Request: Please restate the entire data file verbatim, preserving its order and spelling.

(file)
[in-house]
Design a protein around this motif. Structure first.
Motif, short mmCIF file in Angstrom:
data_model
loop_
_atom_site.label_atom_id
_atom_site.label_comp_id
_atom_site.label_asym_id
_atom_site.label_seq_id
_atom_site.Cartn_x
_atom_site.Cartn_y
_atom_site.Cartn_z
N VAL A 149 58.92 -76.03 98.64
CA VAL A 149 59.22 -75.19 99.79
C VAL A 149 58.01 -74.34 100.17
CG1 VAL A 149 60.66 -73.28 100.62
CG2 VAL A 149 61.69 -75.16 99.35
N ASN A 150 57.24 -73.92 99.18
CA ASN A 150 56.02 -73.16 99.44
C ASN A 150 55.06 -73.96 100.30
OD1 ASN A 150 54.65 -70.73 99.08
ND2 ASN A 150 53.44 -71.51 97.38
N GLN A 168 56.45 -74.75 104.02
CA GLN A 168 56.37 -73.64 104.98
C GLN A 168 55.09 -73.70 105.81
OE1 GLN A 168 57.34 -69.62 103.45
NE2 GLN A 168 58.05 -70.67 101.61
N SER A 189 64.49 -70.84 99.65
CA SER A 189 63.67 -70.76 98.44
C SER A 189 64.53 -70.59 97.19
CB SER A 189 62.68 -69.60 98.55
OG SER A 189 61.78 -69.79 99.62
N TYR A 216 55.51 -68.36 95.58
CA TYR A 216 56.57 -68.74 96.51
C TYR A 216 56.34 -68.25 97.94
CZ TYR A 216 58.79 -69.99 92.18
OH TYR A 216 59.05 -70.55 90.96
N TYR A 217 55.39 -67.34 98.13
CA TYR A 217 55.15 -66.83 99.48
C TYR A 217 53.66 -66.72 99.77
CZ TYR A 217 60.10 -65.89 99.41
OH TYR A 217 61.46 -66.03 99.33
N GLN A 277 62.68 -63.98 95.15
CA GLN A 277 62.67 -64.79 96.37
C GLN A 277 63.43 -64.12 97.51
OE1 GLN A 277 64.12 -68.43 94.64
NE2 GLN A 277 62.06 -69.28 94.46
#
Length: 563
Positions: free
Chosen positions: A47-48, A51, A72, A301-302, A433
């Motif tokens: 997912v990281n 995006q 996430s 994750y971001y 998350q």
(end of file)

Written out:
[in-house]
Design a protein around this motif. Structure first.
Motif, short mmCIF file in Angstrom:
data_model
loop_
_atom_site.label_atom_id
_atom_site.label_comp_id
_atom_site.label_asym_id
_atom_site.label_seq_id
_atom_site.Cartn_x
_atom_site.Cartn_y
_atom_site.Cartn_z
N VAL A 149 58.92 -76.03 98.64
CA VAL A 149 59.22 -75.19 99.79
C VAL A 149 58.01 -74.34 100.17
CG1 VAL A 149 60.66 -73.28 100.62
CG2 VAL A 149 61.69 -75.16 99.35
N ASN A 150 57.24 -73.92 99.18
CA ASN A 150 56.02 -73.16 99.44
C ASN A 150 55.06 -73.96 100.30
OD1 ASN A 150 54.65 -70.73 99.08
ND2 ASN A 150 53.44 -71.51 97.38
N GLN A 168 56.45 -74.75 104.02
CA GLN A 168 56.37 -73.64 104.98
C GLN A 168 55.09 -73.70 105.81
OE1 GLN A 168 57.34 -69.62 103.45
NE2 GLN A 168 58.05 -70.67 101.61
N SER A 189 64.49 -70.84 99.65
CA SER A 189 63.67 -70.76 98.44
C SER A 189 64.53 -70.59 97.19
CB SER A 189 62.68 -69.60 98.55
OG SER A 189 61.78 -69.79 99.62
N TYR A 216 55.51 -68.36 95.58
CA TYR A 216 56.57 -68.74 96.51
C TYR A 216 56.34 -68.25 97.94
CZ TYR A 216 58.79 -69.99 92.18
OH TYR A 216 59.05 -70.55 90.96
N TYR A 217 55.39 -67.34 98.13
CA TYR A 217 55.15 -66.83 99.48
C TYR A 217 53.66 -66.72 99.77
CZ TYR A 217 60.10 -65.89 99.41
OH TYR A 217 61.46 -66.03 99.33
N GLN A 277 62.68 -63.98 95.15
CA GLN A 277 62.67 -64.79 96.37
C GLN A 277 63.43 -64.12 97.51
OE1 GLN A 277 64.12 -68.43 94.64
NE2 GLN A 277 62.06 -69.28 94.46
#
Length: 563
Positions: free
Chosen positions: A47-48, A51, A72, A301-302, A433
């Motif tokens: 997912v990281n 995006q 996430s 994750y971001y 998350q």